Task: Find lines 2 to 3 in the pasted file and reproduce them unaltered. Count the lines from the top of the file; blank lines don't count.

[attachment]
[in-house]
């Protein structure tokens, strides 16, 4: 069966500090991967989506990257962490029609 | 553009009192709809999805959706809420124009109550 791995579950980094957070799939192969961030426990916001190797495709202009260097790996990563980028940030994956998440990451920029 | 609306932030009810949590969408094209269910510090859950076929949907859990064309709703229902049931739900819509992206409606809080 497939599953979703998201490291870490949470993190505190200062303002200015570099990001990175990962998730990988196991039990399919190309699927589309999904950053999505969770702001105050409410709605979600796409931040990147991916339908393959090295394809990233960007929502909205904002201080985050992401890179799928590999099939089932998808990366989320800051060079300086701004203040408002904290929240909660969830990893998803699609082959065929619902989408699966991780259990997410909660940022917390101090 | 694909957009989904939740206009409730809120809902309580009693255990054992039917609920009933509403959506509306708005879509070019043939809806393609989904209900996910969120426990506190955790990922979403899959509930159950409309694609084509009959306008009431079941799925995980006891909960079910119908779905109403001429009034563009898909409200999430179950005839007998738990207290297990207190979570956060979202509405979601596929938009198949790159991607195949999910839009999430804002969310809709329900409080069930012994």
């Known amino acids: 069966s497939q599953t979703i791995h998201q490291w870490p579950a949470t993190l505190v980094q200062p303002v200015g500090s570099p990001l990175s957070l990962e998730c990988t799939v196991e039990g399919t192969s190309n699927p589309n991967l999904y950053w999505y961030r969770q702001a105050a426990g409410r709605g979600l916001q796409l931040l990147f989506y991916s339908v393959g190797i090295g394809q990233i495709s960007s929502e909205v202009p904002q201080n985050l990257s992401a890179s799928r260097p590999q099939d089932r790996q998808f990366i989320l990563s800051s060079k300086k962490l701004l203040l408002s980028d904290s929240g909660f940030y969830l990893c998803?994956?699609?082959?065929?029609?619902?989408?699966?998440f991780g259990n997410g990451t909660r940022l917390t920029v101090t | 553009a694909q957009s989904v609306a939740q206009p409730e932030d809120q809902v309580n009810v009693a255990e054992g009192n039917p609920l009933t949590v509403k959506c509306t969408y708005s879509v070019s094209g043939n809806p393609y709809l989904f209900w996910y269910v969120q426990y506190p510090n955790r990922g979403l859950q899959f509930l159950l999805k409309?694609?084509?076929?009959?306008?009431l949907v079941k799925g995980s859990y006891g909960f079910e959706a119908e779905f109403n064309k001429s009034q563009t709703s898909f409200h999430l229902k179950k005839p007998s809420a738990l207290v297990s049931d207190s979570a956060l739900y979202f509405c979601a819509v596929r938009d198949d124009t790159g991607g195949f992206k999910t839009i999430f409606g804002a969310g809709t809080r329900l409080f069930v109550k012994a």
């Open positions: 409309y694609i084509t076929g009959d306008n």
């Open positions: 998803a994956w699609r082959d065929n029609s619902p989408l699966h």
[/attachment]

């Protein structure tokens, strides 16, 4: 069966500090991967989506990257962490029609 | 553009009192709809999805959706809420124009109550 791995579950980094957070799939192969961030426990916001190797495709202009260097790996990563980028940030994956998440990451920029 | 609306932030009810949590969408094209269910510090859950076929949907859990064309709703229902049931739900819509992206409606809080 497939599953979703998201490291870490949470993190505190200062303002200015570099990001990175990962998730990988196991039990399919190309699927589309999904950053999505969770702001105050409410709605979600796409931040990147991916339908393959090295394809990233960007929502909205904002201080985050992401890179799928590999099939089932998808990366989320800051060079300086701004203040408002904290929240909660969830990893998803699609082959065929619902989408699966991780259990997410909660940022917390101090 | 694909957009989904939740206009409730809120809902309580009693255990054992039917609920009933509403959506509306708005879509070019043939809806393609989904209900996910969120426990506190955790990922979403899959509930159950409309694609084509009959306008009431079941799925995980006891909960079910119908779905109403001429009034563009898909409200999430179950005839007998738990207290297990207190979570956060979202509405979601596929938009198949790159991607195949999910839009999430804002969310809709329900409080069930012994």
């Known amino acids: 069966s497939q599953t979703i791995h998201q490291w870490p579950a949470t993190l505190v980094q200062p303002v200015g500090s570099p990001l990175s957070l990962e998730c990988t799939v196991e039990g399919t192969s190309n699927p589309n991967l999904y950053w999505y961030r969770q702001a105050a426990g409410r709605g979600l916001q796409l931040l990147f989506y991916s339908v393959g190797i090295g394809q990233i495709s960007s929502e909205v202009p904002q201080n985050l990257s992401a890179s799928r260097p590999q099939d089932r790996q998808f990366i989320l990563s800051s060079k300086k962490l701004l203040l408002s980028d904290s929240g909660f940030y969830l990893c998803?994956?699609?082959?065929?029609?619902?989408?699966?998440f991780g259990n997410g990451t909660r940022l917390t920029v101090t | 553009a694909q957009s989904v609306a939740q206009p409730e932030d809120q809902v309580n009810v009693a255990e054992g009192n039917p609920l009933t949590v509403k959506c509306t969408y708005s879509v070019s094209g043939n809806p393609y709809l989904f209900w996910y269910v969120q426990y506190p510090n955790r990922g979403l859950q899959f509930l159950l999805k409309?694609?084509?076929?009959?306008?009431l949907v079941k799925g995980s859990y006891g909960f079910e959706a119908e779905f109403n064309k001429s009034q563009t709703s898909f409200h999430l229902k179950k005839p007998s809420a738990l207290v297990s049931d207190s979570a956060l739900y979202f509405c979601a819509v596929r938009d198949d124009t790159g991607g195949f992206k999910t839009i999430f409606g804002a969310g809709t809080r329900l409080f069930v109550k012994a």